I have a new job, which is maintaining a website called Lockdown Sceptics (lockdownsceptics.org). It’s a compendium of evidence that the lockdown is a needless act of self-harm that will almost certainly cause a greater loss of life than it prevents. I set it up myself, so I can’t complain, but trying to stay on top of all the news about coronavirus, moderating the comments and writing the daily update is taking up almost all my time. On Sunday, for instance, it took me about nine hours to summarise the latest data — and leaven the mix with jokes, memes and anecdotes —and by the time the clock struck midnight that post had received 544 comments. It’s a Sisyphean task and every day it begins all over again.
The result is that my diet and exercise regimen has gone completely to pot. As of now, we’re allowed to take unlimited exercise, but I cannot even find time to walk to the corner shop. I used to feel guilty if I did fewer than 10,000 steps a day. Now, I’m lucky if I manage 1,000. And my ‘intermittent fasting’, whereby I didn’t eat after 9 p.m. or before 1 p.m. and scrupulously avoided carbohydrates, has been replaced with the kind of diet I associate with a software engineer trying to debug a program before a new product launch — Domino’s Pizza, Coca-Cola and chocolate bars, all consumed at any time of the day or night.
Predictably enough, I’ve begun to pile on the pounds. For about two years I managed to keep my weight down to around 11 stone, but now it’s crept up to 12 stone and shows no signs of levelling off. My health has deteriorated so dramatically since I launched this website that I may actually die if the lockdown goes on much longer. I’ve become a kind of hermit, living in the shed at the bottom of my garden, rarely seeing sunlight.
But if I do end up dying, I’ll be able to console myself that my death will add to the case against this absurd policy. The Office for National Statistics is currently compiling data on how many deaths in England and Wales have been indirectly caused by coronavirus. We already know that there are a significant number of excess deaths this year. In Week 17 (ending 24 April), for instance, 11,539 more people died than the five-year average for the same week. But of all the deaths registered in Week 17, only 8,237 mentioned Covid-19, leaving 3,302 excess deaths unaccounted for. What caused them?
Some will have been due to undiagnosed Covid-19, but not all. There will also be those people who had other diseases but did not go to hospital as they usually would, for instance. And a key plank of the case against the lockdown is that when we factor in these indirect deaths, as well as those who’ll die as a result of the suspension of cancer screenings and other preventative programmes, more years of life will have been lost than saved. And that’s before we start to include the loss of life likely to be caused by the economic downturn.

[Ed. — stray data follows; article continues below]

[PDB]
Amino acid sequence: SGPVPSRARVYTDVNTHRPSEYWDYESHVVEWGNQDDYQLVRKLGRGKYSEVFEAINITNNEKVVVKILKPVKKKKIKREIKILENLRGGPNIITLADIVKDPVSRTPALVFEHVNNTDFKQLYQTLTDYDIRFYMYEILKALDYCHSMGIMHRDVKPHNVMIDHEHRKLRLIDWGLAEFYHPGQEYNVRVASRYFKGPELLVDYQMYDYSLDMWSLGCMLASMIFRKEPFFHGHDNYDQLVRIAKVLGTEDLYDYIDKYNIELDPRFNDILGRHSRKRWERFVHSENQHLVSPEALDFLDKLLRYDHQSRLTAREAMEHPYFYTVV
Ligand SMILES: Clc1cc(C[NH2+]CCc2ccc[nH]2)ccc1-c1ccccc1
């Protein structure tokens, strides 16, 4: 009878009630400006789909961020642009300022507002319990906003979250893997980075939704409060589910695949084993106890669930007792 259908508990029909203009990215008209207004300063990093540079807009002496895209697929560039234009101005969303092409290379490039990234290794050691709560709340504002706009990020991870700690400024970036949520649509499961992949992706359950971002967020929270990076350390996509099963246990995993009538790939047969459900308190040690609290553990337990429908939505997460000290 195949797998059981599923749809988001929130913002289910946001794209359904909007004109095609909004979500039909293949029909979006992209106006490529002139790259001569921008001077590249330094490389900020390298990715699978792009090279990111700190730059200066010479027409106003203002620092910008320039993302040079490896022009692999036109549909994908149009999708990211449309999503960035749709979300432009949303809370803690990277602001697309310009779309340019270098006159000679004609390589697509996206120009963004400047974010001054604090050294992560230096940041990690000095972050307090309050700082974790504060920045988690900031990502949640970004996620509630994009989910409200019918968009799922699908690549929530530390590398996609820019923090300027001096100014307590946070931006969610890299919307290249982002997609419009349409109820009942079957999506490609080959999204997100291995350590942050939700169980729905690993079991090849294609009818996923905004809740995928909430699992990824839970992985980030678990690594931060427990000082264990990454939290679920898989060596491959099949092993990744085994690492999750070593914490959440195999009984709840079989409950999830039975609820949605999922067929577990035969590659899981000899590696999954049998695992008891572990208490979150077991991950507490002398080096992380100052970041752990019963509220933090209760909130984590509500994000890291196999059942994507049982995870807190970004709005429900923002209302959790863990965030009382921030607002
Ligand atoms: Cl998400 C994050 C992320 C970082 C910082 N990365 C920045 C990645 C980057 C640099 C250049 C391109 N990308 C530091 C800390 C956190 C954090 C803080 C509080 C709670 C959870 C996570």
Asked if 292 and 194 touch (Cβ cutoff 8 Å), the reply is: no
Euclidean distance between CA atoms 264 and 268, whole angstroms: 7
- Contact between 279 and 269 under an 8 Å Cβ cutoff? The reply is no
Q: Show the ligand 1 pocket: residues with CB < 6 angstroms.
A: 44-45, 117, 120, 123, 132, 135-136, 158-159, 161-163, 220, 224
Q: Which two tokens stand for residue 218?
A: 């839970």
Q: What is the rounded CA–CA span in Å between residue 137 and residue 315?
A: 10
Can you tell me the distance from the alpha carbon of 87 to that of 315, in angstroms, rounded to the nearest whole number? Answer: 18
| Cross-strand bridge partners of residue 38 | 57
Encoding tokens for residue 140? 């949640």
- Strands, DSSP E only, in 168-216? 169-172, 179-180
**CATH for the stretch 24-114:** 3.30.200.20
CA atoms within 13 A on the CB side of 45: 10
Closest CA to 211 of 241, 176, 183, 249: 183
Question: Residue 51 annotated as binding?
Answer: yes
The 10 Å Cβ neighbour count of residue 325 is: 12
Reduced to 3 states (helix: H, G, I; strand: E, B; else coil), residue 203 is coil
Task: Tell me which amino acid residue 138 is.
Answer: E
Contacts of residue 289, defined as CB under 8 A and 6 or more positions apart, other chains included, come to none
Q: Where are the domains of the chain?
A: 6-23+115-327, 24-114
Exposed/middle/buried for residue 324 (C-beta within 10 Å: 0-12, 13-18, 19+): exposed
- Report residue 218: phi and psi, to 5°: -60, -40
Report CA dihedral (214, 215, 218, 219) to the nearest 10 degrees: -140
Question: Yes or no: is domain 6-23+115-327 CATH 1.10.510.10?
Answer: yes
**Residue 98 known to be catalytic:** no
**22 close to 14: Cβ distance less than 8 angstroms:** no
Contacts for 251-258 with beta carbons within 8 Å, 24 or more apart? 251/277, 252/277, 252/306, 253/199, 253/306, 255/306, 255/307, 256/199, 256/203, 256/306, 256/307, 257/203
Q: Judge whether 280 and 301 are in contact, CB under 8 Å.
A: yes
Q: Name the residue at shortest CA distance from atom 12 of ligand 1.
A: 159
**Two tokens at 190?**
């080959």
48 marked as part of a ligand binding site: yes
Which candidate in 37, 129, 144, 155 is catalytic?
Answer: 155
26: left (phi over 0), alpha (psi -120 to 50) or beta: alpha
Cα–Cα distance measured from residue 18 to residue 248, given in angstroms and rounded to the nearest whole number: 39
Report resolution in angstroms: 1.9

We don’t know this for certain, obviously. Another part of the equation is estimating how many people would have died if the government hadn’t placed us all under virtual house arrest. Professor Neil Ferguson’s prediction that 250,000 would have succumbed to Covid-19 if Boris Johnson had stuck with his initial strategy was almost certainly an over-estimate. But what’s the real figure? And how can sceptics like me confidently predict that the lockdown will be judged a mistake if we don’t know that number yet?
But we don’t have to do that sum to demonstrate the lockdown was unjustified. Given the mass suspension of our civil liberties that occurred on 23 March, the burden of proof was on the government to show that there would be a net loss of life if we didn’t do exactly what it said. It wasn’t able to show that on the balance of probabilities, let alone beyond reasonable doubt. Absent that proof, the government should not have acted as it did. As Jonathan Sumption says, the lockdown is the greatest interference with personal liberty in our history. Even in wartime, we’ve never imprisoned the entire population in their homes.
I feel passionately about this and hope I live long enough to convince people just what a terrible mistake this has been. But if I do die of heart disease or diabetes, at least my death won’t be in vain. The ONS will record it as yet another caused by this historic error of judgment.
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Toby Young is associate editor of The Spectator.
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